“Acting is a tough job!” | Verve Magazine
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August 18, 2007

“Acting is a tough job!”

Text by Shraddha Jahagirdar-Saxena. Photographs by Manmeet Bhatti

Hits and misses…rumours and controversies…accolades and brickbats…. In her 10 years in show business, Rani Mukerji has taken the vagaries of the film industry in her stride. Preferring to let her hard work speak for itself on screen, the actress has often deliberately steered clear of the spotlight and swirling stories, in her real life. Verve catches up with the ruling star of the silver firmament

Mixed reactions of friends, colleagues and the box office to the racing melodrama on the silver screen did not succeed in keeping me away from an afternoon screening of Ta Ra Rum Pum a few weeks ago. As I walk out of a Mumbai multiplex after viewing the speed-filled family drama, I realise that I have enjoyed the experience – with its fair share of emotions and a suspension of disbelief – largely due to the performances of its main leads, Saif Ali Khan and Rani Mukerji. And scheduled as I am to meet the petite actress, I have watched the flick with a greater degree of interest. As I step into the sunlight from the darkened theatre, two adjectives come immediately to mind vis-à-vis ‘The Queen’: sure and steady.

Mukerji is enjoying rare days of relaxation…prior to beginning shooting again for Pradeep Sarkar’s Laaga Chunari Mein Daag. It is precious time spent with family, looking after her house and playing with her little niece who has just celebrated a birthday. They are days she enjoys spending at home, lazing around, getting up on her own time with no tight schedules. I think back to the years she has spent in the industry – a decade where every year has been marked by a Rani Mukerji film at the box office. Interestingly, though a few of her movies may have been duds at the marquee, her performances – and their sincerity – have always been singled out for attention.

The star arrives and steps out of her vehicle – oozing star quality from every pore – into the shade of a huge umbrella held aloft by her flunky. Clad in a casual T-shirt and jeans, she disappears into the make-up van to prepare for our shoot and we settle down for our confabulation. Our conversation kick-starts with the year that has just gone by. She has made news once more not just at the all-important marquee but in media reports about her impending marriage and speculation about slights as well. But whether it is imagined hurts or spiralling rumours, the 29-year-old actress prefers to stay out of the media glare, for anything but her work. “Even if there has been a misunderstanding or a story about me, I really do not get the time to sort it out. I am lazy by nature. You are trying to clarify what is in someone’s imagination and I do not like to explain myself to anyone,” she states.

Work wise, she is on a roll and although she often jokes, “I am Rani but I have no throne,” the actress is undoubtedly the ruling talent on the silver screen firmament. The next few months will witness the release of two more Mukerji films (Laaga Chunari Mein Daag and Sanjay Leela Bhansali’s Saawariya) in which the actress gives her interpretation of a sex worker/courtesan. And the last 12-months plus have seen three big releases (Kabhi Alvida Naa Kehna, Baabul and Ta Ra Rum Pum) with her name in the credits. I first spotlight KANK, Karan Johar’s brave look at marital discord. As Maya Talwar trapped in a passionless marriage – albeit to the hot Rishi Talwar (Abhishek Bachchan) – who is drawn to a professional failure Dev Saran (Shah Rukh Khan), both she and her screen alter ego had drawn comment. “I know,” she admits. “Karan even went on talk shows to explain his point of view; he had only told a truthful story about two couples. Personally I may not have been all that comfortable playing the role but its significance made sense to me. I had always looked at marriage through rose-tinted spectacles. But you have to marry for the right reason. As an unmarried girl, KANK made me realise many things. Why must a wife be happy just because her husband is seemingly perfect and happy with her? What if the woman falls in love after finding this supposedly perfect husband? A man can find passion outside marriage no matter how attentive his wife is. But a woman doing the same is absolutely unacceptable. Your biggest and best friend can become a big enemy if you are sharing the space of a bed and are not compatible in every possible way.”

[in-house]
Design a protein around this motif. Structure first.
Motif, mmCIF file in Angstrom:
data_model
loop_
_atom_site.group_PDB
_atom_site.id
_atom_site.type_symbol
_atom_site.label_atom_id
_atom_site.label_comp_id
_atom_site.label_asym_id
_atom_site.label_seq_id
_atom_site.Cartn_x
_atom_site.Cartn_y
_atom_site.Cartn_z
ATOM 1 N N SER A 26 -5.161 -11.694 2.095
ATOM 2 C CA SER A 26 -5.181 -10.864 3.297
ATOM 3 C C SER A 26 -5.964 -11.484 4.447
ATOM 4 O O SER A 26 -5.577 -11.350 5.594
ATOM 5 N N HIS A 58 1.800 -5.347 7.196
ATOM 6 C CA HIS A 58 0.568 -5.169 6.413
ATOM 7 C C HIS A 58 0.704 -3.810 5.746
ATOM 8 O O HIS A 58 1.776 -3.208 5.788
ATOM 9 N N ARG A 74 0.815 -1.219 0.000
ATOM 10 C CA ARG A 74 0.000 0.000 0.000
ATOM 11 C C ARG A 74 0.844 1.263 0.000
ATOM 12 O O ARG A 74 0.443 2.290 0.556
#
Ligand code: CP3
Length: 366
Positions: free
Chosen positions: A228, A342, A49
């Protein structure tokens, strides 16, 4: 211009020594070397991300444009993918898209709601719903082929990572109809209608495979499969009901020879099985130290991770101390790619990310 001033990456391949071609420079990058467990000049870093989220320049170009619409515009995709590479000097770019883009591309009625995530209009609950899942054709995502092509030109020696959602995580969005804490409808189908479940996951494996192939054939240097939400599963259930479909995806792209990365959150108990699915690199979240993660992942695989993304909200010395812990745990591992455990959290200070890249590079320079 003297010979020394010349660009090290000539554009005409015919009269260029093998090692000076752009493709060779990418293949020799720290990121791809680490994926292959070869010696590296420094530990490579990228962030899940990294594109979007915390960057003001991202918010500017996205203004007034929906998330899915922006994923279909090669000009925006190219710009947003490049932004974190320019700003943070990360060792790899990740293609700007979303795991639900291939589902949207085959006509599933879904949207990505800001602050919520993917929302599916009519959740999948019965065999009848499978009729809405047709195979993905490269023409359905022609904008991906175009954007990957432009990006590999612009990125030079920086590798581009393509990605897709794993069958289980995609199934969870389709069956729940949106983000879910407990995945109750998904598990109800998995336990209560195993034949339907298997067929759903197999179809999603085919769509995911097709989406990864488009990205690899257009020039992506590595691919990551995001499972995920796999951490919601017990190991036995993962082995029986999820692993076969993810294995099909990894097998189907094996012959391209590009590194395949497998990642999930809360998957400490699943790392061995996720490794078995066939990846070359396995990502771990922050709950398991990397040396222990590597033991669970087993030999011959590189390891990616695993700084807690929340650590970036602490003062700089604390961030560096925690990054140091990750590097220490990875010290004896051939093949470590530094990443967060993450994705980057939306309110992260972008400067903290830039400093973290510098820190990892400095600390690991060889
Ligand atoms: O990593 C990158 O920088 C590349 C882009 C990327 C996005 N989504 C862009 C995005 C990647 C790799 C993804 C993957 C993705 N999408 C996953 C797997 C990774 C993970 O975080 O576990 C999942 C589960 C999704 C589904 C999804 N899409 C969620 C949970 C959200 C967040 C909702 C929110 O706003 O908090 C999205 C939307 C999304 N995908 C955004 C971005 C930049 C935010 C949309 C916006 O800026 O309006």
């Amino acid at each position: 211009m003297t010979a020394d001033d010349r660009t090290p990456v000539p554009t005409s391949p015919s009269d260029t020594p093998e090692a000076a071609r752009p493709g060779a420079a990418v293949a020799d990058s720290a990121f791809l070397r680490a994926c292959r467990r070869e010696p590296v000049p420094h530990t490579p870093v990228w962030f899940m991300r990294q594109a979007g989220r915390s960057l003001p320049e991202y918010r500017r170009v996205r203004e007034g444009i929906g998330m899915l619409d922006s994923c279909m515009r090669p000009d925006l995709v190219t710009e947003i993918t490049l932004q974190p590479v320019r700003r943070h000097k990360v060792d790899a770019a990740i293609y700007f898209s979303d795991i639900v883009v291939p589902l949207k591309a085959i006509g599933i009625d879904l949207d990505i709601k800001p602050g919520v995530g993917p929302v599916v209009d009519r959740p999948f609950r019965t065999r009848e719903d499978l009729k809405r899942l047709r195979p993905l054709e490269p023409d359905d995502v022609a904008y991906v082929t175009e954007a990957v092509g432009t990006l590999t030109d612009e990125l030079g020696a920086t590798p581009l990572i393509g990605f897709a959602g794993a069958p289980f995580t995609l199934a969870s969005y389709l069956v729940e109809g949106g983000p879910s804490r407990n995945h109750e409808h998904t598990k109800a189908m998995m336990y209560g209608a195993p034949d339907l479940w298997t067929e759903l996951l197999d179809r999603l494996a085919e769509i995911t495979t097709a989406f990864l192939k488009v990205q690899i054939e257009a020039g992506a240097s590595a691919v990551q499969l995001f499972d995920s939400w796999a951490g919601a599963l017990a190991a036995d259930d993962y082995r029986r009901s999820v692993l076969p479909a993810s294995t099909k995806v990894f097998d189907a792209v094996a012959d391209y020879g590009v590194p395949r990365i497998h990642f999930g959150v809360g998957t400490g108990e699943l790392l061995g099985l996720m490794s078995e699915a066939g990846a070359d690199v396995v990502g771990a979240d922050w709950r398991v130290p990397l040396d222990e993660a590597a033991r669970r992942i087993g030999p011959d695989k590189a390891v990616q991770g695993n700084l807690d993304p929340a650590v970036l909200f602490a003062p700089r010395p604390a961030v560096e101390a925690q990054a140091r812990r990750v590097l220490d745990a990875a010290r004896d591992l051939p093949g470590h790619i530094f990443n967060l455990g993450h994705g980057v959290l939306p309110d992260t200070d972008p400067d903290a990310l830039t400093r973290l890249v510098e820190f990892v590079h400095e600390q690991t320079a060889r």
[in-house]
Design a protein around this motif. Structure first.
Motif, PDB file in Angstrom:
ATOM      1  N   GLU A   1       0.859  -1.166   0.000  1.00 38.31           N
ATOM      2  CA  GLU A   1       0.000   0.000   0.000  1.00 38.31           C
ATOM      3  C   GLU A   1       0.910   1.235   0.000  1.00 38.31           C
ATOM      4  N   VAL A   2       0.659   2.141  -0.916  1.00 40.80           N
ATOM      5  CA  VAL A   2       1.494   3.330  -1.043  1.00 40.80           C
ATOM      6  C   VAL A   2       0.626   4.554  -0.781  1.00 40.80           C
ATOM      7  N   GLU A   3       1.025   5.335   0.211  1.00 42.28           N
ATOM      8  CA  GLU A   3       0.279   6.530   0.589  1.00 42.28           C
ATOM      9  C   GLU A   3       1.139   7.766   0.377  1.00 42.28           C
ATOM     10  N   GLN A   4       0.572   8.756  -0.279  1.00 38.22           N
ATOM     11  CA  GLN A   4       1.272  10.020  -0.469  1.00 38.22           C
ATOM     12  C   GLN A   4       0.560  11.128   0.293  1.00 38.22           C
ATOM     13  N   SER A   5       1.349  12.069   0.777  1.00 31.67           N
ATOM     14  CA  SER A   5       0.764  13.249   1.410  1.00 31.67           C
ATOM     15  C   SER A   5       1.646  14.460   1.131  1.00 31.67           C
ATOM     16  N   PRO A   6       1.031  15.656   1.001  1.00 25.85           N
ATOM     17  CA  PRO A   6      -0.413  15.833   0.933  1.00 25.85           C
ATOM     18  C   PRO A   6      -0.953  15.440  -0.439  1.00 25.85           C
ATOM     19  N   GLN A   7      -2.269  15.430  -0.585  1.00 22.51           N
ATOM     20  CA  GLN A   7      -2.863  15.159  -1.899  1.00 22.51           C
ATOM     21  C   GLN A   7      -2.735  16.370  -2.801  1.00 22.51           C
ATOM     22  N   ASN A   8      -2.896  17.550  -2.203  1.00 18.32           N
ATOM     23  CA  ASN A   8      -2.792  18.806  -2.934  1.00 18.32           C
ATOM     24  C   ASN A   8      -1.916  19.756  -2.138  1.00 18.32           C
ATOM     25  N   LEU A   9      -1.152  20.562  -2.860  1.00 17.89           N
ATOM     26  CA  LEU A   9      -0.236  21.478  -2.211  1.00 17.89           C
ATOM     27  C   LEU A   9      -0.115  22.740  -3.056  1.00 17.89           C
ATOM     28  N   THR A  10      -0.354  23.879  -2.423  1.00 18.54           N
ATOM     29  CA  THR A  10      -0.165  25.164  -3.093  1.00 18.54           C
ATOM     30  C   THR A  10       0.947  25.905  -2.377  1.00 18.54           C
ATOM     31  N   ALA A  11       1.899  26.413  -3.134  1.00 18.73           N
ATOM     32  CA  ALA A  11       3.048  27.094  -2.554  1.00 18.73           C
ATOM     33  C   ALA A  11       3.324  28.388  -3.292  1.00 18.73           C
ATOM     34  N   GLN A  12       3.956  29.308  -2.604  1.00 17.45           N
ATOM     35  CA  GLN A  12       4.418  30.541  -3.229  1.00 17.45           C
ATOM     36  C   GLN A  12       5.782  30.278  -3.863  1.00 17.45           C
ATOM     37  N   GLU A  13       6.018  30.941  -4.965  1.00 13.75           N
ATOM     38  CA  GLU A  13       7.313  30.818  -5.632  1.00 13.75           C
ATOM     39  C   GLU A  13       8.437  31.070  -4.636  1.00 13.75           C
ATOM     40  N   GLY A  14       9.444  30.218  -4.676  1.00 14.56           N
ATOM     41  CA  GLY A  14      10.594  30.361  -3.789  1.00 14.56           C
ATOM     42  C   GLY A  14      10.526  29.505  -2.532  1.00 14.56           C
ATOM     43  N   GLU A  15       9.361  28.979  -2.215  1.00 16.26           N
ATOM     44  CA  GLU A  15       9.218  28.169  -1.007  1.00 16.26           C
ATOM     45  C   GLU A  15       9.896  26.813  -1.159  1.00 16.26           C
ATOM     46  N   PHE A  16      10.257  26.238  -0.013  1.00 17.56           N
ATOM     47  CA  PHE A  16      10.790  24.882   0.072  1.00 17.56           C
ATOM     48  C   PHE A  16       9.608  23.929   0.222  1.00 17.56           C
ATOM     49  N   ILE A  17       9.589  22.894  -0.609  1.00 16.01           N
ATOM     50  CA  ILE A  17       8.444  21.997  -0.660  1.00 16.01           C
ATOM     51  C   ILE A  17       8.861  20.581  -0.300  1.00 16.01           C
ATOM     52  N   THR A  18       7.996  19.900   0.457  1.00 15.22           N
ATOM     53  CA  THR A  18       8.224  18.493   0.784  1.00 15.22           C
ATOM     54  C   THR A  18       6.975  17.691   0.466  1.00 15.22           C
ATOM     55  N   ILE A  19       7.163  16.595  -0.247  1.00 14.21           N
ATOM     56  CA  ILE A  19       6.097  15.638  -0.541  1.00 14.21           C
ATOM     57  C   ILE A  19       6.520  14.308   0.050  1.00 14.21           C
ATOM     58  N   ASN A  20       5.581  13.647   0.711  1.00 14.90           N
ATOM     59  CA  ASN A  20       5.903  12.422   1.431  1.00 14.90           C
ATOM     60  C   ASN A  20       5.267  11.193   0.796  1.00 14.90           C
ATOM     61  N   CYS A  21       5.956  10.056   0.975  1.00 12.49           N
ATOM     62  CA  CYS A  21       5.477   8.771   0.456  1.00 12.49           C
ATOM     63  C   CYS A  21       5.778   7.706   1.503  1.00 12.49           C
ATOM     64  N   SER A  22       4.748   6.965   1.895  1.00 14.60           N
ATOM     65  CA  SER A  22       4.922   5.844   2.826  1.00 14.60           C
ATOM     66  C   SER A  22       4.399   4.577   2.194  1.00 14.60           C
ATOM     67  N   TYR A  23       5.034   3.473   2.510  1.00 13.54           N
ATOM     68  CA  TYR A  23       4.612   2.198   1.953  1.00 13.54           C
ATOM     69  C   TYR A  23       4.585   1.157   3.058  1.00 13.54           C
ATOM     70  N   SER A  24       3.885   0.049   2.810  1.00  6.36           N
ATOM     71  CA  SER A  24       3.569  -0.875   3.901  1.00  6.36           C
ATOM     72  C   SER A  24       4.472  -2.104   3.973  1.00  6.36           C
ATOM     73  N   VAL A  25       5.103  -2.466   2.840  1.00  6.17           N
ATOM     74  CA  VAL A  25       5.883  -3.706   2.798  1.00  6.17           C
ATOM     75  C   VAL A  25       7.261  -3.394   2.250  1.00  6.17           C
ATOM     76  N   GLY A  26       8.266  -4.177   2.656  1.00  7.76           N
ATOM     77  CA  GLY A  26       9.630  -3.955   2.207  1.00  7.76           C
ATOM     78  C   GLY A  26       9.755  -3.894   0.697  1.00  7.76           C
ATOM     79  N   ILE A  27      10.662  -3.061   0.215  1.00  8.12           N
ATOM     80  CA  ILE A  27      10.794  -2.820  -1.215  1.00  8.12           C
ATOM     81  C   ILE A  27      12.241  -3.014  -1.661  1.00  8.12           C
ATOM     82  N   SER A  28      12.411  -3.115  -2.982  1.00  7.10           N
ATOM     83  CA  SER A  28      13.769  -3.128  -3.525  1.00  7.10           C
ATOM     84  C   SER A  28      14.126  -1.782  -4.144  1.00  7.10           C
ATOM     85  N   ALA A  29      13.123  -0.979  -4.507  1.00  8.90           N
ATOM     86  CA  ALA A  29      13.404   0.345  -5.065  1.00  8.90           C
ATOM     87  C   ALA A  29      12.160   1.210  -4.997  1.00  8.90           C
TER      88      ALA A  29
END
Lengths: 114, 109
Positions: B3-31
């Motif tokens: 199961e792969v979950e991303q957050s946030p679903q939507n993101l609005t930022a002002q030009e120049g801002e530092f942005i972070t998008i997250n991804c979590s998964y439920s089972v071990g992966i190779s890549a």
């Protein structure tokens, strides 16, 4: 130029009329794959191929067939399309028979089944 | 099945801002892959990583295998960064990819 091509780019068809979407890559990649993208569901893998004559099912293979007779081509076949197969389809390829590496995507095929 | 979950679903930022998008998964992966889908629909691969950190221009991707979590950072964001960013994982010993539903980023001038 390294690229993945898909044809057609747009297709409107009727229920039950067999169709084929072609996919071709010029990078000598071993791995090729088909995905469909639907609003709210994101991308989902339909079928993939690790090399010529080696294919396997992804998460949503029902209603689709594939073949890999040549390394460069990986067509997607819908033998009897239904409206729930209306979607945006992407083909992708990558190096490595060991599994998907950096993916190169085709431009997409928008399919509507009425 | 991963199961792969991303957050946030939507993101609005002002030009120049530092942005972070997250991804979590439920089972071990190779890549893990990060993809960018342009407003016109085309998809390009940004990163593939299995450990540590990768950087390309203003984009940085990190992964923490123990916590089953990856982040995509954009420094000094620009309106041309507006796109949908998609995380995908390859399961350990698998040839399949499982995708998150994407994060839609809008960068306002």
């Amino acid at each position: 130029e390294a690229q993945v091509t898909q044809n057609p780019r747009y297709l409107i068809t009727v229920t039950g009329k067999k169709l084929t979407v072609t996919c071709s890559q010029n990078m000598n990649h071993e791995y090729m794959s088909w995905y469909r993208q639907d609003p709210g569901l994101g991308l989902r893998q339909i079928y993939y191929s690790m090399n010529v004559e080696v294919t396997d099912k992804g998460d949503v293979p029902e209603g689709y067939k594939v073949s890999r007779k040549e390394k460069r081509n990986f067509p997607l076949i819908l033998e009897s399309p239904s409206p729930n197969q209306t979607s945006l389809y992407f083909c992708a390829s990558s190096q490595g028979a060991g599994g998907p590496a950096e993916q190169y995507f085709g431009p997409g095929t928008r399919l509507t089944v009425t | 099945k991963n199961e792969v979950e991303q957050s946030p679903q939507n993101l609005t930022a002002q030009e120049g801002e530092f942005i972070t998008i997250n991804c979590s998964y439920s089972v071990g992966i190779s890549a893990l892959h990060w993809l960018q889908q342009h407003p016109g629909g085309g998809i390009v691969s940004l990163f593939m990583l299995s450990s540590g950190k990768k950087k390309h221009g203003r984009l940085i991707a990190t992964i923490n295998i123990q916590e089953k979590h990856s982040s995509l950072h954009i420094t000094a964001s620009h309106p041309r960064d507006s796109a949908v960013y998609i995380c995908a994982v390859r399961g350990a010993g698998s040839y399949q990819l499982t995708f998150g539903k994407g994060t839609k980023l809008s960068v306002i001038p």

Playing a mom in Ta Ra Rum Pum seemed to come naturally to her though she had never essayed a mother’s role till now, discounting her ‘Tina’ in Kuch Kuch Hota Hai. Naturally, I wonder why she gave the thumbs down to Mira Nair’s The Namesake – a movie and role that got its cast and crew global acclaim. “I regret not working with Mira Nair,” states Rani. “She is a great person and we have interacted before and after The Namesake. In fact, during KANK, we were shooting just below her house.

I believe that Tabu did suit the role better because of the age bracket of the character. It was a wonderful role to play and it was great to see how the couple loved each other. ”